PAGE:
Pure, unadulterated stubbornness propelled me, back through the insanity of the produce area, back through bread and back through deli; I wrangled my sieve-like memory, demanding that it re-remember all the things I’d picked up through these aisles. I was almost done, just one more thing to get, when I walked down the soy aisle and grabbed my two cartons of soymilk, and I turned back towards my waiting cart—and there, parked right in front of my ‘new’ cart, was my old cart. It was exactly halfway full, and waiting for me exactly where I must have left it when I’d grabbed the other woman’s.

I swore a bit under my breath.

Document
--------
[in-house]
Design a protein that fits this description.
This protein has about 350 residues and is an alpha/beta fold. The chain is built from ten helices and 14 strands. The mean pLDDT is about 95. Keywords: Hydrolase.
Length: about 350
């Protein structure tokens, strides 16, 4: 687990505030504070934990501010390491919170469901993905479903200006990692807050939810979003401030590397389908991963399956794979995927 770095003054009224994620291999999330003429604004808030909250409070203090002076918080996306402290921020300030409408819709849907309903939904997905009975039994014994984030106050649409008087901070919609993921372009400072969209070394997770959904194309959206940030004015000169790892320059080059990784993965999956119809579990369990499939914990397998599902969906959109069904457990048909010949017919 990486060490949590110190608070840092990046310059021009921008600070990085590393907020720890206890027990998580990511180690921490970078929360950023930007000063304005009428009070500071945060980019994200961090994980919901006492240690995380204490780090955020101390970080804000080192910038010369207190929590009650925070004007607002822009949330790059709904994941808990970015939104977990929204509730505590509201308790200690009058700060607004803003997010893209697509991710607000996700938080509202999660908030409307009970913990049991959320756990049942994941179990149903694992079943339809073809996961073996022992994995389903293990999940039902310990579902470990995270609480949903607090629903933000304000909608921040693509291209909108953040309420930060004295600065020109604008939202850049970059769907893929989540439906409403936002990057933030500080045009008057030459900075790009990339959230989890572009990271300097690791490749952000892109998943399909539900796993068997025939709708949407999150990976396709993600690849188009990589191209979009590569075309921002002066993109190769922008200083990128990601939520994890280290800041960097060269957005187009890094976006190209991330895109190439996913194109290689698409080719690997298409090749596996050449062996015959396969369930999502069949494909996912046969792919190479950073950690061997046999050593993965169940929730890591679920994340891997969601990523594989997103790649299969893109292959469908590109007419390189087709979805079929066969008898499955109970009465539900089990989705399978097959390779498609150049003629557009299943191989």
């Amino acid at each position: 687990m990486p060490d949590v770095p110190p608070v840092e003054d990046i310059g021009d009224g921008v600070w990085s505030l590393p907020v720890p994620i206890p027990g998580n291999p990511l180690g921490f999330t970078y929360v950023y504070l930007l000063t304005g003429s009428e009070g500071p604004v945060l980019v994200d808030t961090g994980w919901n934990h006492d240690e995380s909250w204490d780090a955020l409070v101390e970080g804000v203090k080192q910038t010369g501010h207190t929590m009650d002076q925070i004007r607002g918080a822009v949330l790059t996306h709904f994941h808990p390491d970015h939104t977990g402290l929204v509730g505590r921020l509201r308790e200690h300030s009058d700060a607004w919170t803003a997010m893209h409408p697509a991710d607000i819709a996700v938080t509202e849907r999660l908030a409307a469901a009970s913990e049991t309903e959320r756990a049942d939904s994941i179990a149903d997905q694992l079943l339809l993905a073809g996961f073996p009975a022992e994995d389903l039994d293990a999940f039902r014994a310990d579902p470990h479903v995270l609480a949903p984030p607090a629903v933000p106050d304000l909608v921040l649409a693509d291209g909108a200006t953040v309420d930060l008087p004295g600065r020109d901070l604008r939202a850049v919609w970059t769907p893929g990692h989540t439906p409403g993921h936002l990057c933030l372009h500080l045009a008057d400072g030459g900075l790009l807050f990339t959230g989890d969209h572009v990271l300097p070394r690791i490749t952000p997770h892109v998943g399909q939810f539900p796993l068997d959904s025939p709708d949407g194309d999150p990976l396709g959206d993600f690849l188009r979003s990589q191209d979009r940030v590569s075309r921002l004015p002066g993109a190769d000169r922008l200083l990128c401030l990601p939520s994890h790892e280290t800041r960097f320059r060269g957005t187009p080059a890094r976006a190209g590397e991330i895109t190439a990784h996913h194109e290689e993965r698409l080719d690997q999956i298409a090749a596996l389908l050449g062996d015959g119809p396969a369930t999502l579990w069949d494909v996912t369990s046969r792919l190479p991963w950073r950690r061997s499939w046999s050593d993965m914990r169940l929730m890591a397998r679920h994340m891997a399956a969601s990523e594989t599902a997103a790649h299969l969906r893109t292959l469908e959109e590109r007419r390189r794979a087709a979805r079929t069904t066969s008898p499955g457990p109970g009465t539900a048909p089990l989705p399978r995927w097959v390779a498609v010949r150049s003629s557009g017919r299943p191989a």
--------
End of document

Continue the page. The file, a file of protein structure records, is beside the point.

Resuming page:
I then had an idea. I grabbed both carts awkwardly and dragged them, wheels protesting, into the soymilk aisle with me. I then began sorting through my old cart, making sure that I had the right number of everything I’d started out with. Turns out, on my second trip through, I had missed quite a few things. I began a wild sorting process…one broccoli head, not two…two soy milks…not four…white bread, not brown…green pepper, not read…oops, there’s the tomato I missed…sorting back and forth between the two carts until I had everything in one cart I had originally intended to purchase. Just as I was wrapping up, I looked around and saw several pairs of suspicious eyes watching me. I realized it must look like some crazy woman had just kidnapped a stranger’s cart and was sorting through it, deciding which head of broccoli she liked better, and absconding with someone else’s picks. I bowed my head low to avoid identification and sped away with one cart, now full of only the products I’d wanted in the first place.